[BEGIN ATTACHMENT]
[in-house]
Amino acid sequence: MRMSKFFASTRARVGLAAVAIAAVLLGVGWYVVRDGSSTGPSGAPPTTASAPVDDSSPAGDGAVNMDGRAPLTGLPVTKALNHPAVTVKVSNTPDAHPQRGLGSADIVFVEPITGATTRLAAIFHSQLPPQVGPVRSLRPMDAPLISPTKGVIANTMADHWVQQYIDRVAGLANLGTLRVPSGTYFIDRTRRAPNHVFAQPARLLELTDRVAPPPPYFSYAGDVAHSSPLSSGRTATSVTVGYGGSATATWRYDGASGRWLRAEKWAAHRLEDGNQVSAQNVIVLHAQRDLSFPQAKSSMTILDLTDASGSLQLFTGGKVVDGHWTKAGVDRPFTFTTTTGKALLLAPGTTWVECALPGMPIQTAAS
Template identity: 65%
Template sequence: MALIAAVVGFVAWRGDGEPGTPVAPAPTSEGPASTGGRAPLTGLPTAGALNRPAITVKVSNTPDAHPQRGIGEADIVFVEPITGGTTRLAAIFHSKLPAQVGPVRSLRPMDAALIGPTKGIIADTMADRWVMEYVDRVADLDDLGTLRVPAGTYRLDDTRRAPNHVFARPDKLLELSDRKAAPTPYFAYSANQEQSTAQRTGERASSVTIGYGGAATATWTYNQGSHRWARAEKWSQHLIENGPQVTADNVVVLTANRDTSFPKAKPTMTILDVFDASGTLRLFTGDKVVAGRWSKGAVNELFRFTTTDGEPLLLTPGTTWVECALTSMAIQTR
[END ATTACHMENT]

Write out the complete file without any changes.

[in-house]
Amino acid sequence: MRMSKFFASTRARVGLAAVAIAAVLLGVGWYVVRDGSSTGPSGAPPTTASAPVDDSSPAGDGAVNMDGRAPLTGLPVTKALNHPAVTVKVSNTPDAHPQRGLGSADIVFVEPITGATTRLAAIFHSQLPPQVGPVRSLRPMDAPLISPTKGVIANTMADHWVQQYIDRVAGLANLGTLRVPSGTYFIDRTRRAPNHVFAQPARLLELTDRVAPPPPYFSYAGDVAHSSPLSSGRTATSVTVGYGGSATATWRYDGASGRWLRAEKWAAHRLEDGNQVSAQNVIVLHAQRDLSFPQAKSSMTILDLTDASGSLQLFTGGKVVDGHWTKAGVDRPFTFTTTTGKALLLAPGTTWVECALPGMPIQTAAS
Template identity: 65%
Template sequence: MALIAAVVGFVAWRGDGEPGTPVAPAPTSEGPASTGGRAPLTGLPTAGALNRPAITVKVSNTPDAHPQRGIGEADIVFVEPITGGTTRLAAIFHSKLPAQVGPVRSLRPMDAALIGPTKGIIADTMADRWVMEYVDRVADLDDLGTLRVPAGTYRLDDTRRAPNHVFARPDKLLELSDRKAAPTPYFAYSANQEQSTAQRTGERASSVTIGYGGAATATWTYNQGSHRWARAEKWSQHLIENGPQVTADNVVVLTANRDTSFPKAKPTMTILDVFDASGTLRLFTGDKVVAGRWSKGAVNELFRFTTTDGEPLLLTPGTTWVECALTSMAIQTR